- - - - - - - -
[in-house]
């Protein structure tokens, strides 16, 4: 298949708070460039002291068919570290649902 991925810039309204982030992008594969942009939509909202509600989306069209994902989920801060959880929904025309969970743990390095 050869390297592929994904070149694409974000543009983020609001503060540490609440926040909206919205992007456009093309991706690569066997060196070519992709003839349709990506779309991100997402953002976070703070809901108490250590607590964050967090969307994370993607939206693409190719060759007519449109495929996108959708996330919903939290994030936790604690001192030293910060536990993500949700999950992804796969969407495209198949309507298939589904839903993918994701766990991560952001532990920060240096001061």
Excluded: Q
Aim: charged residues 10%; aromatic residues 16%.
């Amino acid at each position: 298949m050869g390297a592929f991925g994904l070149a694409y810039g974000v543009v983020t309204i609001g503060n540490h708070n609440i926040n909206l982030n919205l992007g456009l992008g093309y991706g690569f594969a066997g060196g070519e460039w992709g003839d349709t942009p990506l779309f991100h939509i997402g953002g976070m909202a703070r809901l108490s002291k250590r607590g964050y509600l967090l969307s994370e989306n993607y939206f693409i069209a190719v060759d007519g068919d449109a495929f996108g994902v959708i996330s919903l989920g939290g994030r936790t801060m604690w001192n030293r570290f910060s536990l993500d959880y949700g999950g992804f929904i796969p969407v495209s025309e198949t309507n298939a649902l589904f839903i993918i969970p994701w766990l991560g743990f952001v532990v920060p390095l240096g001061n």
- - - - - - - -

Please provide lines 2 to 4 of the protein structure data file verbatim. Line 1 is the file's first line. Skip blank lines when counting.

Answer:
């Protein structure tokens, strides 16, 4: 298949708070460039002291068919570290649902 991925810039309204982030992008594969942009939509909202509600989306069209994902989920801060959880929904025309969970743990390095 050869390297592929994904070149694409974000543009983020609001503060540490609440926040909206919205992007456009093309991706690569066997060196070519992709003839349709990506779309991100997402953002976070703070809901108490250590607590964050967090969307994370993607939206693409190719060759007519449109495929996108959708996330919903939290994030936790604690001192030293910060536990993500949700999950992804796969969407495209198949309507298939589904839903993918994701766990991560952001532990920060240096001061």
Excluded: Q
Aim: charged residues 10%; aromatic residues 16%.